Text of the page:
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Hopefuly this belongs here. I, have a older snapper, that one tire keeps going flat. Took it to get a tube put in it. Picked it up about 3 days later, put it on, then put the blower in the corner of the garage. About two weeks later I noticed it leaning, Yep, the tire was flat. Took it back, expilined what happen. Picked it up about 5 days later. I, noticed the valve stem was crooked. Whoever worked on it did not aling the stem with the hole in the rim very well. Just shook my head and took it home. I, should have said some thing, but the drive from home to the shop and back, is kind of far. I, would have done the work my self, but I, could not get the tire to berak down. How do you guys break down your tires. Does any one have any tips for the future. Thanks.
 

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I use the mini tire changer from Harbor Freight, but I do a lot of tire changes ..... There is other stuff you need as well , like tire lube, stem puller, extra stems, ratchet strap, etc..... Tubes if not working with tubeless rims.

There is a learning curve associated with changing small tires, and most don't do it enough to merit buying a tire changer, or some just don't mind fighting with them with tire irons, but I have seen many little rims and tires ruined that way.

Very easy to pinch a tube and ruin it if your not careful changing one on a small tire.
 

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i usually just use a pry bar to remove/install tires. having the changer is nice to anchor the rim to and give you something to pry on but not necessarily needed. just have to watch out for the tube when re-installing the tire like Oneacer mentioned.
 

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My local tire store charges me $10 for the tube, I put in an additional $10 to their lunch pot. $20 no frustration. I like to do things myself but I'm not sure about how easy it is using the HF tire changer.
 

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Most times I find the the valve stem can be straightened by deflating the tube and gently wiggling the stem back and forth till it is back where it belongs. Just make sure you keep a tight grip on the stem when the air is out so it doesn't slip inside. I use a small visegrip to hold it till I reinflate.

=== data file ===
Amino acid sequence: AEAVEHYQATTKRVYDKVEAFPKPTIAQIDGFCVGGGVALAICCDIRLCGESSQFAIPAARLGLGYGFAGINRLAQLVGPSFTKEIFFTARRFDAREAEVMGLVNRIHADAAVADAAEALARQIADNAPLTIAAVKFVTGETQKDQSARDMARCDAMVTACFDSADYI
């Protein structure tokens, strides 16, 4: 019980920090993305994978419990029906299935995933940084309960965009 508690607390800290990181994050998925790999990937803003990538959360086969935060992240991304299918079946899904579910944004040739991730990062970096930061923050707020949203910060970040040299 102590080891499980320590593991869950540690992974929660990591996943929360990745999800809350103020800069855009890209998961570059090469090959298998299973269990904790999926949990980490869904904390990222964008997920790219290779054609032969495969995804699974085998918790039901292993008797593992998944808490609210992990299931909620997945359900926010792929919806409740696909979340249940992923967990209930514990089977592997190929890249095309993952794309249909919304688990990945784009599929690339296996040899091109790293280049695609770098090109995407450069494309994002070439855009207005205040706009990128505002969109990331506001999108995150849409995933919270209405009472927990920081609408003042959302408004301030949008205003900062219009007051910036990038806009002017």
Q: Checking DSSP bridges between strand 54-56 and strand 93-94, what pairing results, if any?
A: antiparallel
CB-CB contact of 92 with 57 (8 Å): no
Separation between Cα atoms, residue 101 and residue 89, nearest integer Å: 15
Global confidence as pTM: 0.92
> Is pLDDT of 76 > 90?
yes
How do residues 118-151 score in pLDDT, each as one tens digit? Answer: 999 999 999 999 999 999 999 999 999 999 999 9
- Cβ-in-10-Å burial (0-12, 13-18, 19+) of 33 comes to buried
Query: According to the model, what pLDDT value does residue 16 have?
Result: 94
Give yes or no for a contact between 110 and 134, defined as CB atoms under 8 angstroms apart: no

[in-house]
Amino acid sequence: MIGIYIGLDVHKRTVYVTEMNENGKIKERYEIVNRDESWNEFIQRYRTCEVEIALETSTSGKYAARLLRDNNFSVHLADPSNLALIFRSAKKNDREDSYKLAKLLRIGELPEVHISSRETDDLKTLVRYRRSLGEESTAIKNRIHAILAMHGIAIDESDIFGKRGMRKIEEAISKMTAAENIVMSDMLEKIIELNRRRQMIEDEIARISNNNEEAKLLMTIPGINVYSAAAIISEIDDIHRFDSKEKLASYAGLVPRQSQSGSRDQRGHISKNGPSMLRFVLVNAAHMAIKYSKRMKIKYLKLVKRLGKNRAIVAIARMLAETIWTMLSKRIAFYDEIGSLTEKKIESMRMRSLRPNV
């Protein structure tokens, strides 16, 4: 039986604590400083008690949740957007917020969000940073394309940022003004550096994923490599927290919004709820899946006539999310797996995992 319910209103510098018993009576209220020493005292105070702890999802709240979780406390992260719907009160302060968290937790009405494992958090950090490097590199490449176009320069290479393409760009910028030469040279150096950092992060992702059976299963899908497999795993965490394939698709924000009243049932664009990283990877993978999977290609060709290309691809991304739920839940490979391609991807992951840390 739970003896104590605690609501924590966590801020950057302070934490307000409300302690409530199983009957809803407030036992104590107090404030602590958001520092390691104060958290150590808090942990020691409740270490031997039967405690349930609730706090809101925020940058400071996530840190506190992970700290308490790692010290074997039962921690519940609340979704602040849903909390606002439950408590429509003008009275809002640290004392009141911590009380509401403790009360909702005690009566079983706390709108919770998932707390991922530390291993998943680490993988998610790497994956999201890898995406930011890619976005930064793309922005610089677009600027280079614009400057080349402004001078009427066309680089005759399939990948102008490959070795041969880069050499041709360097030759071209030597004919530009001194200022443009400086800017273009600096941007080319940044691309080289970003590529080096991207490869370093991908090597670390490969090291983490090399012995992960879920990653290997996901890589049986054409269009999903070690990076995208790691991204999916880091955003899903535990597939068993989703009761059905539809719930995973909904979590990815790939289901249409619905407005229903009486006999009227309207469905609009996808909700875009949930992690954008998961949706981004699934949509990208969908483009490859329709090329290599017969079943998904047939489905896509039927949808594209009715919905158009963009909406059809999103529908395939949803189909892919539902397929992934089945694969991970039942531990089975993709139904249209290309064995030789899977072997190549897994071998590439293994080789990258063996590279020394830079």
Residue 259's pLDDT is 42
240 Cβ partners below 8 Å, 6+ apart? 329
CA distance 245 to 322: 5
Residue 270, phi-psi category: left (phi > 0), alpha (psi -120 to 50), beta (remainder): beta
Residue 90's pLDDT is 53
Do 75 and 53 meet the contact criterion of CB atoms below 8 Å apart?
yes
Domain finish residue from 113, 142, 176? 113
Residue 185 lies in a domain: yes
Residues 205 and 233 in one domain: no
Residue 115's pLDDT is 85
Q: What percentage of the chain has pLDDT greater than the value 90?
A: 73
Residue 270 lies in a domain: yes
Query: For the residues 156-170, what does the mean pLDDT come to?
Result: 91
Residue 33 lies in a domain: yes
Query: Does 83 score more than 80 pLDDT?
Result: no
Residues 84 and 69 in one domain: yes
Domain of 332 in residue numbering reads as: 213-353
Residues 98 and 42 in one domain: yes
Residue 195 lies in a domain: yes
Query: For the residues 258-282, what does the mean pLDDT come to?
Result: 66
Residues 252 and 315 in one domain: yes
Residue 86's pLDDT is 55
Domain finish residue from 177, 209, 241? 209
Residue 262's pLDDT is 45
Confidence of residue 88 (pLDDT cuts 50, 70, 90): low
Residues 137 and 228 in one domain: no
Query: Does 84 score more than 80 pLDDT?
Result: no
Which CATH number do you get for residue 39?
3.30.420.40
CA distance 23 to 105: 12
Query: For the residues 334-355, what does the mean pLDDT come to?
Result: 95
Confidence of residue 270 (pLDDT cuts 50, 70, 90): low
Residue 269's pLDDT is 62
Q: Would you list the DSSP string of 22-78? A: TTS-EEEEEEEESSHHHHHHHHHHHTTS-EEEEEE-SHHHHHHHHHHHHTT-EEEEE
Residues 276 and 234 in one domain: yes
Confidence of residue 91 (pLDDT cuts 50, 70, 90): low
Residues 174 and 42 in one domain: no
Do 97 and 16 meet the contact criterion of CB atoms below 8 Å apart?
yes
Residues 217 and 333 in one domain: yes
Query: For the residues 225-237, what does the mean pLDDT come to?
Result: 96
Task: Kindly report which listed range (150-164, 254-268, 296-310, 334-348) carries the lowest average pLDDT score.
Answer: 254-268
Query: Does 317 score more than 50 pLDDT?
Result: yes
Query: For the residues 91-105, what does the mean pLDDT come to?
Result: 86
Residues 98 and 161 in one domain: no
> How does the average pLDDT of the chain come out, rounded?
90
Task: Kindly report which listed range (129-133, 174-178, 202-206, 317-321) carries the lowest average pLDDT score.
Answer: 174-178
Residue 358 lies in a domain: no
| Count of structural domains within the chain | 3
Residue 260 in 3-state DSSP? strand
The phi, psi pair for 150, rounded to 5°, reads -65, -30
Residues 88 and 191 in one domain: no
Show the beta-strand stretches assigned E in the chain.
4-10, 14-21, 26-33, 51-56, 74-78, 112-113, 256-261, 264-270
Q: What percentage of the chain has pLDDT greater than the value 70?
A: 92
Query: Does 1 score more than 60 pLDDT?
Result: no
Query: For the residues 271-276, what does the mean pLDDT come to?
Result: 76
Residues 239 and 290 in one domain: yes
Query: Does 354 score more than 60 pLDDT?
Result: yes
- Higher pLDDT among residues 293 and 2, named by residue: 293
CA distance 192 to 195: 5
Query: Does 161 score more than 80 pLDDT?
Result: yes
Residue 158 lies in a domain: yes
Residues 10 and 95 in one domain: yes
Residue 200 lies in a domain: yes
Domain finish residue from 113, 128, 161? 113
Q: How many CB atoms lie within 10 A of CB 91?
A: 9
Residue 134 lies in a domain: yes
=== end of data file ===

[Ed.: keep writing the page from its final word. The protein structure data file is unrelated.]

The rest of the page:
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I like to do things myself but I'm not sure about how easy it is using the HF tire changer
its really not that hard. there is lots of video's on youtube showing how to use them. it is about the same as using a manual tire changer for a car but just on smaller rims.
 

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Anyone ever try using their wood splitter? Seems like the perfect tool for tires maybe.
do you mean like this? you could modify 1 to make it break beads but that is all it could do and it would really be a waste. i have seen people use log splitters to crush rims to get tires off rims quicker for scrap purposes but that is it and you are definitely not saving anything.
 

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Ya that's exactly what I was thinking. I'm thinking it would much easier to get a tire on a crushed rim. Prolly wouldn't even need lube.
 

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I've found breaking the bead is not the problem, getting it off the rim and worse getting it on is the PIA. Old Timers trick to break the bead is run your car over the tire.
 

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i have really only found a few rims that are nearly impossible to get tires on and off of and those rims would be my factory dodge plane steel rims. most other rims are not that bad. you just have to practice using a manual tire changer. the tire changer makes things easier because it holds the rim and it gives you something to pry on and make running the tool around the edge easier. i did one just the other day
 
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